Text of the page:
The interaction in this scenario is student-student, students writing for classmates and quoting them in return. The authenticity is in the real-world purpose and consequences. Ideas are quoted and argued in papers, and papers are published in blogs for all to read. The sense of community is in the common purpose and value of everyone’s words in the creation of artifacts for sharing within the community.
1 “Week 3: Create community: Connect learners with each other (Sept. 23-29).”
2 M. G. Moore, “Editorial: Three types of interaction” (The American Journal of Distance Education, 1989) in Steve Wheeler’s “Interactions of the fourth kind” (Learning with ‘e’s, 4/8/12).
3 “Using Discussion Boards in Online Classes” (Virginia Commonwealth University, 09/22/2009).
4 Chris Weaver, “The Discussion Board Book” (2005).
5 Larry Ragan, “Best Practices in Online Teaching – During Teaching – Assess Messages in Online Discussions” (Connexions, 8/21/07).
Veronica, thank you for your detailed post on how you use audio recordings to provide feedback on student papers. The entire process and apps are new to me so I’ll need to try it out to see how I might adapt/adopt some or all. You mention tutors in the process as agents for the recordings so I’m assuming that the teachers themselves don’t need to review every paper and create recordings for each. Am I correct?
I agree that the teacher’s voice is a warmer touch than text comments alone, but my concern is that audio may have some critical disadvantages (to text) in the review process, but this isn’t the place to get into that so I’ll end by saying that I applaud your innovative use of technology to add the human touch to the evaluation process.
This posting was triggered by Jim asking me how I use voice recording to provide audio rather than written feedback on student assignments (in week 2). I’ve been doing this for about 6 years now and the feedback from students is overwhelmingly positive – I’ll describe this in more detail later on. I think voice recording is particularly relevant in online teaching because it adds an element of presence – the so-called human touch, which is often lacking in an online environment. So here goes:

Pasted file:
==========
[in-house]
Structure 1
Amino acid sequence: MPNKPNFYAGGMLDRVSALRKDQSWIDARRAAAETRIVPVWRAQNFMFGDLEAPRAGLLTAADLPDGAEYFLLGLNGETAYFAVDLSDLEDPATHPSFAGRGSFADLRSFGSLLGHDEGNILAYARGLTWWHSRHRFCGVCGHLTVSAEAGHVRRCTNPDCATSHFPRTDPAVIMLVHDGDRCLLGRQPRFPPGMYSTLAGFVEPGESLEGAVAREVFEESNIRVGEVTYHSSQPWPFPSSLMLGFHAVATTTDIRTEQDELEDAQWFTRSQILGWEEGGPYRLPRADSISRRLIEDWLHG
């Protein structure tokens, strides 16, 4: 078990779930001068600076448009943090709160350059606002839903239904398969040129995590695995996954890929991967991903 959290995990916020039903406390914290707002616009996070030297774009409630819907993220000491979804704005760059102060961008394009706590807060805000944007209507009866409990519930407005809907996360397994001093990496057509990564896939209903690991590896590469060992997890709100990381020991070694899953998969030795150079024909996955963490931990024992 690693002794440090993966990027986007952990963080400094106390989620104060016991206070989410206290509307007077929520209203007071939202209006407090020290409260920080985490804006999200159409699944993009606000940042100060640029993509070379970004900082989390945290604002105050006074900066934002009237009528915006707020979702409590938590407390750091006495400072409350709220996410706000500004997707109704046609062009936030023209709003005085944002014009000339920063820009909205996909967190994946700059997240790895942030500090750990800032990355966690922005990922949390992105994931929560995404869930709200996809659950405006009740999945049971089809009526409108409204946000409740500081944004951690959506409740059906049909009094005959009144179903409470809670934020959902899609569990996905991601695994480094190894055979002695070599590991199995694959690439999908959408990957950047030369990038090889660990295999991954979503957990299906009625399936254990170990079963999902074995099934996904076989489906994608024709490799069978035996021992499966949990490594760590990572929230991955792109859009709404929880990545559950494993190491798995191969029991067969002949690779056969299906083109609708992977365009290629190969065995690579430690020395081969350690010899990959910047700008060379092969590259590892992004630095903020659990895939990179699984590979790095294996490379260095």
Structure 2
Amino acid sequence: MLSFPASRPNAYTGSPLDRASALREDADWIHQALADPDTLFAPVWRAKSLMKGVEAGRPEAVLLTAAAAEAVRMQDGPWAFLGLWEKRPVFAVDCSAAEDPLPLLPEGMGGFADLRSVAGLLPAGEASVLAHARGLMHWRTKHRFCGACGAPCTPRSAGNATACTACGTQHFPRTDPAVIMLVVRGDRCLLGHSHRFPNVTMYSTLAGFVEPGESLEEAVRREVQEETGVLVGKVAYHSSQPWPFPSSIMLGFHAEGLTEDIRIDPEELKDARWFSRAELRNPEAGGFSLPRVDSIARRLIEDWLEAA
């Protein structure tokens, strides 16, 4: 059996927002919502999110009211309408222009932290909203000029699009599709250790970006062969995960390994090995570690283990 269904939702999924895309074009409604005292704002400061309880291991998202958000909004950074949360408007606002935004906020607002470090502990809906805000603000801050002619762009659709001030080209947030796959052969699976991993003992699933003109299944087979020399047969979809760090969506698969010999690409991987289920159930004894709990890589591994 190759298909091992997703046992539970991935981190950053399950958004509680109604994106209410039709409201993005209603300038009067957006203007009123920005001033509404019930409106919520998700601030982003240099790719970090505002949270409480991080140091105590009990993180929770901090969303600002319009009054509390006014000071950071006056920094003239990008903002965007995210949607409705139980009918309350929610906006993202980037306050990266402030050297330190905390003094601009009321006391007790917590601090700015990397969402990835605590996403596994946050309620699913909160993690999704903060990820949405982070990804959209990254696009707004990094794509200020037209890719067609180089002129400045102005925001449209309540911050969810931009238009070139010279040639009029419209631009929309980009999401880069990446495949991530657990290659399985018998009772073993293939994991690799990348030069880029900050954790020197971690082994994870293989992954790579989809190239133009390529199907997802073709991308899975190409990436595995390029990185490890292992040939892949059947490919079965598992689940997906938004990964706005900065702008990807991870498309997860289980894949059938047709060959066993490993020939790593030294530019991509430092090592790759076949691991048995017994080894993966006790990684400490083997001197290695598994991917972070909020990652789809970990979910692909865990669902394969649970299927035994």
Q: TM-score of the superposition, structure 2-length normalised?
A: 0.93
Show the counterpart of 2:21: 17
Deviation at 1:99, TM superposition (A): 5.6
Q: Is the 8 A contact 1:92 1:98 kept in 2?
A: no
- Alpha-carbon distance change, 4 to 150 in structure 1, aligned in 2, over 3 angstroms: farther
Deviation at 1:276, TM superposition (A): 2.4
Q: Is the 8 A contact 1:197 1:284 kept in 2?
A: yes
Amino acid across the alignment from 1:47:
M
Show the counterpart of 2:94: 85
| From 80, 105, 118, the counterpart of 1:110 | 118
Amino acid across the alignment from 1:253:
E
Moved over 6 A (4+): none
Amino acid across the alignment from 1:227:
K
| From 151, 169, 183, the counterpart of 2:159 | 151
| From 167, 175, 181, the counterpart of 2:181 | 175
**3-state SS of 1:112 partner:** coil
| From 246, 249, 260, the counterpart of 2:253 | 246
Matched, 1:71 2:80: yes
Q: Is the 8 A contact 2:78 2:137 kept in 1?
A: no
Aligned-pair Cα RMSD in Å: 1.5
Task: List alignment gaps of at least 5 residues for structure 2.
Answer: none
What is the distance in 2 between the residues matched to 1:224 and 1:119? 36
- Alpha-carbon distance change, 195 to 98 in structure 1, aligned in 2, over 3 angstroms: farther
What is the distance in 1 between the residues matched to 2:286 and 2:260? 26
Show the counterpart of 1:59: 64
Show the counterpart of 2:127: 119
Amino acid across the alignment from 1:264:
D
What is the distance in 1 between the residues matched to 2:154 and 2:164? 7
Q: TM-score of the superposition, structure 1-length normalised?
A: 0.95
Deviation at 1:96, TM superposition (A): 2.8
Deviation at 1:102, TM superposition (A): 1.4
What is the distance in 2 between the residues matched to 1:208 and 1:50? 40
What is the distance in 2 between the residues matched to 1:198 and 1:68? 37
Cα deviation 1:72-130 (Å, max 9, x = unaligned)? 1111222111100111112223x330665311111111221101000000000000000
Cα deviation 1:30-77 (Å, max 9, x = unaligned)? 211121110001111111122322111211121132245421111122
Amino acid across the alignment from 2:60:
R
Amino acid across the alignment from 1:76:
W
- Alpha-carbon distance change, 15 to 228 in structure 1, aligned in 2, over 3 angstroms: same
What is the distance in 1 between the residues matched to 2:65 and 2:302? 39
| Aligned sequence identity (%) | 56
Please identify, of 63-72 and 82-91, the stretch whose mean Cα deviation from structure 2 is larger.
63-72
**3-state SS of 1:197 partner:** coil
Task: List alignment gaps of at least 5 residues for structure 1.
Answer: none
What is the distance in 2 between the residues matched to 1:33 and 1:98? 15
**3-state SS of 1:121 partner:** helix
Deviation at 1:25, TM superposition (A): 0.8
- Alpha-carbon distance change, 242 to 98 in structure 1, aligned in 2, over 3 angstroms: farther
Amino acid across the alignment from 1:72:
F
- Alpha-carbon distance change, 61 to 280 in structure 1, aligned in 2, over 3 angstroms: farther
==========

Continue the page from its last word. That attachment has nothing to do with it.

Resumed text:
Voice recording tools: I use a digital recorder, an Olympus WS-311M, which has an in-built microphone and USB port for easy uploading to a PC/VLE); my colleague prefers her mobile phone. PCs/Macs with voice recording functionality can also be used for recording audio feedback; software and apps include Audacity, Vocaroo, Audioboo and Voxopop (just Google them).
- How? The procedure we have found to be most practical is the following. After reading through the assignment, inappropriate parts are annotated with the corresponding correction symbol (for language problems), and numbers are added to help the student identify which part the tutor is later referring to in the audio feedback (AF). Each recording then starts by the tutor personally greeting the student, followed by a brief, task-related, encouraging comment. The tutor then outlines how the feedback is organized (depends on the marking rubric) and talks the student through the assignment i.e. tips as to how the he/she could improve content, language, and organization are given, referring to the symbols, numbered parts or paragraphs to help the student pinpoint the part being discussed. As in normal speech, incomplete sentences, repetitions, slips of tongue, fillers such as ehs & uhms and pauses occur and can be ignored. The intention is to be as spontaneous and natural as possible, simulating a face-to-face situation. A final, positive, constructive remark concludes the recording. Audio files (with the consent of the students) are then uploaded to the VLE together with the annotated assignments for students to access. After listening to the feedback, they edit their assignments accordingly and re-submit for final assessment, thus hopefully benefiting and learning from the feedback received.